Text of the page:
This goofy Canadian indie gem about an alcoholic cop, Lou Garou (get it? Ha.), who gets turned into a werewolf is every bit as irreverent and silly as it sounds. Written and directed by Lowell Dean, this werewolf horror comedy is as much of a love letter to Canada as it is to werewolves. It’s the perfect B-movie to watch with friends, and if a drunk werewolf isn’t enough to sell you, then scene-stealer Willie Higgins (Jonathan Cherry) is worth the watch alone. The even better sequel, Another Wolfcop, is finally arriving on Blu-ray in July, which makes now a perfect time to get introduced to Lou and his straight-edged partner Tina (Amy Matysio).
The Final Girls
Perhaps because it’s far heavier on the comedy than the horror, or not as self-mocking as horror-comedies like The Cabin in the Woods, but The Final Girls seems to be far more overlooked than it should be. An accurate and loving break down of slasher tropes, Max Cartwright and her friends get sucked into the retro slasher Camp Bloodbath when a fire breaks out at the theater playing the film. Max and her friends must pass themselves off as new counselors and steer clear of machete-wielding maniac Billy Murphy to survive to the end credits. The only problem is that Max is now confronted with the character Nancy, the scream queen her deceased mother was known for playing. While humorously deconstructing the slasher tropes, The Final Girls also succeeds in doing what most slashers can’t- getting the viewer to care about its characters. This one pulls on the heartstrings.
Set in a 1950s alternate universe where space radiation has reanimated the dead, a company has created technology that neutralizes the zombie by way of a domestication collar. Therefore, most zombies have become household servants. When housewife Helen (Carrie-Anne Moss) buys a zombie despite her husband’s phobia, the neighborhood starts to unravel when that zombie, Fido (Billy Connolly), breaks his neutralizing collar. This gory zombie comedy borrows heavily from the likes of Lassie Come Home, The Night of the Hunter, and of course, George A. Romero’s zombie films. A small Canadian production followed by a very quiet release in 2007 meant that despite being well-received by critics, Fido was mostly slept on.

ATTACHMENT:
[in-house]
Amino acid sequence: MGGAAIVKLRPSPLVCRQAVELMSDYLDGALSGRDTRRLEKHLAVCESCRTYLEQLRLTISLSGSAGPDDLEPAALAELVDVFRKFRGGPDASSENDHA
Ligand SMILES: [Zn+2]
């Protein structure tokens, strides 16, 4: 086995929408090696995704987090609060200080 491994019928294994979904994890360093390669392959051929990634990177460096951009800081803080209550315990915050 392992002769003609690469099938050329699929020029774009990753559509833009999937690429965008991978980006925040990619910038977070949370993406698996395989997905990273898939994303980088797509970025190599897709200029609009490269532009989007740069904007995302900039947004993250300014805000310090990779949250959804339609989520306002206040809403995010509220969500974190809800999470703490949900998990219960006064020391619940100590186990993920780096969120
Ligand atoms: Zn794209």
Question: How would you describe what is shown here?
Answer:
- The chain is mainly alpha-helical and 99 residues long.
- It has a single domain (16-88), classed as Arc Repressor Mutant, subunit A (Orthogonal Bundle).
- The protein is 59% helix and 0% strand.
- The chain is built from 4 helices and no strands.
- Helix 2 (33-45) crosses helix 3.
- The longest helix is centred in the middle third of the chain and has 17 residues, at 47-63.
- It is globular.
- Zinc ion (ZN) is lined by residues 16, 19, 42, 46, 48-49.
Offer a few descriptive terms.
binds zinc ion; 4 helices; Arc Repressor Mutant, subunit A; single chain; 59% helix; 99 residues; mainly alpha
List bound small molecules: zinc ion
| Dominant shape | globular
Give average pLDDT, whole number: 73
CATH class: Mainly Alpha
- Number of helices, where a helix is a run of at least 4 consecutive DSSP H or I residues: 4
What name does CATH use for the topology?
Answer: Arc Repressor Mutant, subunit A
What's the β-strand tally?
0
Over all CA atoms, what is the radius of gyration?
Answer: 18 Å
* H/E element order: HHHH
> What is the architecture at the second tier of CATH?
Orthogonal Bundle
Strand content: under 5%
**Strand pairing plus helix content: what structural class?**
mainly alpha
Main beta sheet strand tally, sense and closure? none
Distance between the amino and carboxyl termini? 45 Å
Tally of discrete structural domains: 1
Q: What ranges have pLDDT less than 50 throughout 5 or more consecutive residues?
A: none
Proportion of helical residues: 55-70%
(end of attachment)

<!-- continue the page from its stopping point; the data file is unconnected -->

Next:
On the surface, The Voices seems like a quirky sort of rom-com, with Ryan Reynolds as Jerry Hickfang, a socially awkward factory worker living alone with his dog and cat, and searching for love. Jerry is more than just awkward, though, he’s schizophrenic, and he chooses to stop taking his medication. This then means that his delusions take over, especially in the case of his pets. His dog Bosco is a good dog, representing Jerry’s pure nature, whereas evil Mr. Whiskers appeals to Jerry’s dark side. When Jerry’s unrequited work crush stands him up, his delusions get deadly. The way Jerry deals with his victims is surprisingly gruesome. This horror comedy is the darkest of dark, and sadly far less seen than it should be.
While almost anything by Astron-6 would certainly apply to this list, like Father’s Day or Manborg, The Editor is so very niche in its humor that it’s no surprise it’s not often brought up in conversations about horror-comedies. Written and directed by Adam Brooks and Matthew Kennedy, and additional writing credits by Conor Sweeney, The Editor lovingly and humorously pokes fun of giallo films. Brooks stars as Rey Ciso, a film editor who gets caught up in a string of murders while working on a director’s latest giallo film. Using the same cinematic language and tropes employed in classic gialli, The Editor pays homage to numerous films from the 1960s to the 1980s, from Deep Red, Torso, A Lizard in a Woman’s Skin, Black Belly of the Tarantula, and dozens more.
Attack the Block
This sci-fi horror comedy has it all, jokes that stick their landing, endearing leads, action, suspense, and above all, amazing creature design. After a nurse in trainee is mugged by a gang of street teens, she’s then forced to team up with them to defend their block from an alien invasion. Starring Doctor Who’s Thirteenth Doctor, Jodie Whittaker, as the nurse, and John Boyega (Star Wars: The Force Awakens) in his breakout role as gang leader Moses, Attack the Block is pure heart and vicious bioluminescent alien teeth. U.S. Distributors were concerned American audiences would struggle to cope with the street gang’s slang and their thick South London accents, and the U.S. release was limited. Attack the Block offers style and substance, and while it’s lighter on the scares, the creature effects make up for it. It’s the type of film you wish got a sequel.